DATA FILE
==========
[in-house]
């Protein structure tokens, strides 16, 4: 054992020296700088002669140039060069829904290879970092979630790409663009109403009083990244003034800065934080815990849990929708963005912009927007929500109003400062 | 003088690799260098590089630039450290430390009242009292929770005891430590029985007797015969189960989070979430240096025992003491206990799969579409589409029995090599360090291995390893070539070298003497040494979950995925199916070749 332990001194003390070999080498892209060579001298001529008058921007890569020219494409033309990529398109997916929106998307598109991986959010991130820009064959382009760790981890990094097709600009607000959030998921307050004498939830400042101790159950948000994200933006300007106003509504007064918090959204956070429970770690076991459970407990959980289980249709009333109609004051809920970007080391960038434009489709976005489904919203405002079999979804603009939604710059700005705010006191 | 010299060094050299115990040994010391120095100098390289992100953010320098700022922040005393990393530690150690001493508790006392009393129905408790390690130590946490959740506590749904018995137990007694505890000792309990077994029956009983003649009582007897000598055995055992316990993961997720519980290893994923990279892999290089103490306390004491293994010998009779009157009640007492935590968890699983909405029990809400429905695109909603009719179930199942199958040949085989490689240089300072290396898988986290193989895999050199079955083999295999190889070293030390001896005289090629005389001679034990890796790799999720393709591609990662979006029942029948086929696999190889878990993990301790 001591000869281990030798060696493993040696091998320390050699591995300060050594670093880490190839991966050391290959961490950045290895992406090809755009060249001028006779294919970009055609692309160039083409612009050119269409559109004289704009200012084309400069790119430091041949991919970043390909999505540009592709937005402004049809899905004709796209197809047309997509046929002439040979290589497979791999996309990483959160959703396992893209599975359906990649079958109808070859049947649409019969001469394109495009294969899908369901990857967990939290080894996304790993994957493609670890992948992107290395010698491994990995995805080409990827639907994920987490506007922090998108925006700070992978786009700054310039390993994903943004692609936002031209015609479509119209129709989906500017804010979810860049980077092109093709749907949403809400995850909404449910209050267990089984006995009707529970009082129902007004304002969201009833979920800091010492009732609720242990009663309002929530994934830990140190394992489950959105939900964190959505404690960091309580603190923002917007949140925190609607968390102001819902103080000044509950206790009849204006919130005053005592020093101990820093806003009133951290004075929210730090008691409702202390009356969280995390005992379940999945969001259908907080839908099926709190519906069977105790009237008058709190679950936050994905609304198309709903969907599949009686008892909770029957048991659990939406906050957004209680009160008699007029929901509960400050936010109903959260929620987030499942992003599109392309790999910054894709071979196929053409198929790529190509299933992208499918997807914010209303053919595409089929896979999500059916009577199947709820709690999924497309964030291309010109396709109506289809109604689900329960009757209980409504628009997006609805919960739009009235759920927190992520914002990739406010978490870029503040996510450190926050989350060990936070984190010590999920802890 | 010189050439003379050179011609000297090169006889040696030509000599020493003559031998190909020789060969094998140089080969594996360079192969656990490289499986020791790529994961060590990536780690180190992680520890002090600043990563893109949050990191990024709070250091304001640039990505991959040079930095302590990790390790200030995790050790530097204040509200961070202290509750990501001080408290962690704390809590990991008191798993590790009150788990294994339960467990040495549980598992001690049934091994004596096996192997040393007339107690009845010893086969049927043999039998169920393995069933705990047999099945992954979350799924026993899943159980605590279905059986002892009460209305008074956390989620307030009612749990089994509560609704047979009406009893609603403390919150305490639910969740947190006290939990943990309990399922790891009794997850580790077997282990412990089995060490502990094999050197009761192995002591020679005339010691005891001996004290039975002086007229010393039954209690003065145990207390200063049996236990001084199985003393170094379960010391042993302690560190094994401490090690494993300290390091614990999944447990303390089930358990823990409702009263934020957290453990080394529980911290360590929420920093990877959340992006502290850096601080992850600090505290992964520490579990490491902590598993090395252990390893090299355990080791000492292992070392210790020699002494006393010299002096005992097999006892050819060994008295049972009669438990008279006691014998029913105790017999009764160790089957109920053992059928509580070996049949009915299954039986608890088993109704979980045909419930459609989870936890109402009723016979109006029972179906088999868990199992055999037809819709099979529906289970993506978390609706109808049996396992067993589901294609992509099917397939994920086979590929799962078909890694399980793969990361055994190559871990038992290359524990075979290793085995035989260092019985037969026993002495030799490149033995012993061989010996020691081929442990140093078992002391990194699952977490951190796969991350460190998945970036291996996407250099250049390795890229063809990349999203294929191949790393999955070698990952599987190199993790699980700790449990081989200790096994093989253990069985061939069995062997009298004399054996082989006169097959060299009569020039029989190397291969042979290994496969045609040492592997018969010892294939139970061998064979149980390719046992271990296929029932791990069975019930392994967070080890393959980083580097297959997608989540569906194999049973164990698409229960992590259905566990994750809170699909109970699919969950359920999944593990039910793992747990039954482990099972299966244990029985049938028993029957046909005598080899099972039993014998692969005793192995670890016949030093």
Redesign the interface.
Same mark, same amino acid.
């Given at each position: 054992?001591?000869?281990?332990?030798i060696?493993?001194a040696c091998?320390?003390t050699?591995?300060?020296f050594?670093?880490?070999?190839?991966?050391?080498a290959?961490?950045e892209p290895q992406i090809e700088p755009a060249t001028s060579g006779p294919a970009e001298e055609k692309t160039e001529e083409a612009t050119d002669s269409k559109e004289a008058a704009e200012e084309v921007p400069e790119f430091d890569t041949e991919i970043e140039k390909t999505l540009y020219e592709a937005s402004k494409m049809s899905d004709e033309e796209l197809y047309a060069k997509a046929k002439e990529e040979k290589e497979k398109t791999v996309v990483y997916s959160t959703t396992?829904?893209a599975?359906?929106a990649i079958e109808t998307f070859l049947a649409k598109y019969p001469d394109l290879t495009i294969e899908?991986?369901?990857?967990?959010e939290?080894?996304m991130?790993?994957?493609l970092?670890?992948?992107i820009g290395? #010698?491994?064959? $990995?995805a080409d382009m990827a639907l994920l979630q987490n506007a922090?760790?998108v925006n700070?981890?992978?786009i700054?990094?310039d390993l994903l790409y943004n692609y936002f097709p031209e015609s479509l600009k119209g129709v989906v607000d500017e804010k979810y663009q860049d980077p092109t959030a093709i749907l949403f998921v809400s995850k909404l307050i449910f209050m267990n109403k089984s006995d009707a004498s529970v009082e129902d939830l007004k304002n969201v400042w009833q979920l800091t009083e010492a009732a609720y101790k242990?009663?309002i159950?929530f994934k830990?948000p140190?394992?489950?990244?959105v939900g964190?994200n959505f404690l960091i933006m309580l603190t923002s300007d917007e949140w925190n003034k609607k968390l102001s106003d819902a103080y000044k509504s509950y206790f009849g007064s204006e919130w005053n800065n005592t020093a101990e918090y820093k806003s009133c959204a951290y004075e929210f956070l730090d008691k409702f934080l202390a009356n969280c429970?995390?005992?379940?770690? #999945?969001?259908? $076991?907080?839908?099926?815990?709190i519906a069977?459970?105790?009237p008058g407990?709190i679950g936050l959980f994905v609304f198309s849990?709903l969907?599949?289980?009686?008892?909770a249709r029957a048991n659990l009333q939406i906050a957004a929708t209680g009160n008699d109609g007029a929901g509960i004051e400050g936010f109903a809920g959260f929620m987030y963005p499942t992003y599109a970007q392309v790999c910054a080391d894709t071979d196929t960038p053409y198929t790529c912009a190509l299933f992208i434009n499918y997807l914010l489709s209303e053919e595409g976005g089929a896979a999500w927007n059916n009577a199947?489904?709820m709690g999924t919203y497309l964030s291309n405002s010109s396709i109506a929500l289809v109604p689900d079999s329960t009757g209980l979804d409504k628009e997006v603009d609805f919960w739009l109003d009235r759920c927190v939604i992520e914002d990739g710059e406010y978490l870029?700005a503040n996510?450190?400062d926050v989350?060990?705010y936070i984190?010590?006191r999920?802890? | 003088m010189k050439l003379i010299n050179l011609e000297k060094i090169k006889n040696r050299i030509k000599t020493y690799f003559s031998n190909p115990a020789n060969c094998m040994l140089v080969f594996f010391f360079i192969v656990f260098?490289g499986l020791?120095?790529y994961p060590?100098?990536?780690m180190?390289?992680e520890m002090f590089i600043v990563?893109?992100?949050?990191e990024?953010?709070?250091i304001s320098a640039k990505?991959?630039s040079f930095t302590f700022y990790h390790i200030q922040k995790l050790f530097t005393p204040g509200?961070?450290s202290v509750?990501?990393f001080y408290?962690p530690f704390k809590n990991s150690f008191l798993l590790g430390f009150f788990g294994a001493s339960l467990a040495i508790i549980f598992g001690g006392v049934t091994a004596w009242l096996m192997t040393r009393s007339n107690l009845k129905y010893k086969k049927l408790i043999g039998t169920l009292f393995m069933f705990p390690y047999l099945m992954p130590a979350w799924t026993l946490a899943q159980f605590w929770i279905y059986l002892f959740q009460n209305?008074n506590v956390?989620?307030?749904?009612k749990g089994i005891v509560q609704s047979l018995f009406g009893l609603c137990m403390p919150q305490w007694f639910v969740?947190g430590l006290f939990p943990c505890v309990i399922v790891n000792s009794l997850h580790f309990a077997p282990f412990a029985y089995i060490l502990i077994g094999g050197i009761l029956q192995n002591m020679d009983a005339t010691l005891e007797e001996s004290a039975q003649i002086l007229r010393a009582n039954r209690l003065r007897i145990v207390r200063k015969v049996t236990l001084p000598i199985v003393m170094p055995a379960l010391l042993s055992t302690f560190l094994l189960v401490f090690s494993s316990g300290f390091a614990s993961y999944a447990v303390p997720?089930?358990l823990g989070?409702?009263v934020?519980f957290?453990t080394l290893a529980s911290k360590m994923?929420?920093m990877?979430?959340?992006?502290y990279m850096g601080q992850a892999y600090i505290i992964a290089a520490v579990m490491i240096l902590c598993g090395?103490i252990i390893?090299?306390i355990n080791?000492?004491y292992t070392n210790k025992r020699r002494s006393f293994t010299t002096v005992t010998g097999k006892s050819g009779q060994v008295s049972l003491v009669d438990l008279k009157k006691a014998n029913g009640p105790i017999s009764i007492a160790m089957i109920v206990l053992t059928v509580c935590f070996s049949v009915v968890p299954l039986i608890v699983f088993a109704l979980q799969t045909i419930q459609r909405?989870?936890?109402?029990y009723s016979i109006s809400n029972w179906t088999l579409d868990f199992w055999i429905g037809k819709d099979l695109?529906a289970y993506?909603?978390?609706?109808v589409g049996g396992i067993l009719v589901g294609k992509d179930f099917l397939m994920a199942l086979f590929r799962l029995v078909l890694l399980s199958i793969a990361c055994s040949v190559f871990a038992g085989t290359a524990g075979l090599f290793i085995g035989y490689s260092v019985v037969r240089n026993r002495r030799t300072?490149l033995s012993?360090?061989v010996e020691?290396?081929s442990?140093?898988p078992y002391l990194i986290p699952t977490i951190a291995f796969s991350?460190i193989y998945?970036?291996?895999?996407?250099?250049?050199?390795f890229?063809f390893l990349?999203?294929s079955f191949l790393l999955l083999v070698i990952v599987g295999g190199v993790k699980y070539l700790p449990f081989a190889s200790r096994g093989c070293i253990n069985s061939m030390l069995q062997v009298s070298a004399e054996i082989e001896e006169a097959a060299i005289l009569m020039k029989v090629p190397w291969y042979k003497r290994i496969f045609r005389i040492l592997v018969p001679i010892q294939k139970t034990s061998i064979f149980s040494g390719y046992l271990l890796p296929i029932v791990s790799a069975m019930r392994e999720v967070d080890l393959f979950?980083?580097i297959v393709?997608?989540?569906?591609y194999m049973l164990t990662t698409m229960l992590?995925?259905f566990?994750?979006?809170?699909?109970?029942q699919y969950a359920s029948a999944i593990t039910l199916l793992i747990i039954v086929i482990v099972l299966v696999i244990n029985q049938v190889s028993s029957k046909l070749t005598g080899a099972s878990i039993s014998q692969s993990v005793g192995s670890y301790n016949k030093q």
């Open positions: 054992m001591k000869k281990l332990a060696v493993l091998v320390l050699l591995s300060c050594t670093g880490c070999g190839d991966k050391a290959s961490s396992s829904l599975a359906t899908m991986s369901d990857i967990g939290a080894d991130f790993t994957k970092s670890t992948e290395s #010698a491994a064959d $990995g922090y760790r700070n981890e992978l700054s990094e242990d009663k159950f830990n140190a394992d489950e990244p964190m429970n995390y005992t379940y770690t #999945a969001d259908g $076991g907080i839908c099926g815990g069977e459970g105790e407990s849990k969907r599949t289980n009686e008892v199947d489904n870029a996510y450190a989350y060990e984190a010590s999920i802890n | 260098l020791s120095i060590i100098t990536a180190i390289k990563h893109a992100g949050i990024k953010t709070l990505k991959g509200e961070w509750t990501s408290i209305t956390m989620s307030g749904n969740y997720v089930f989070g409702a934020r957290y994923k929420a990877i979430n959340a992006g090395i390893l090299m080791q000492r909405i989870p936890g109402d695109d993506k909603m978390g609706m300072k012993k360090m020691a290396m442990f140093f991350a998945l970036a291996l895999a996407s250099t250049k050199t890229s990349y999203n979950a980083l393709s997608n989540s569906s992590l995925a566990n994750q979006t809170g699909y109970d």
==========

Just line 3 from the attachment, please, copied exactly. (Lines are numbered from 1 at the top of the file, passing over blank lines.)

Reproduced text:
Redesign the interface.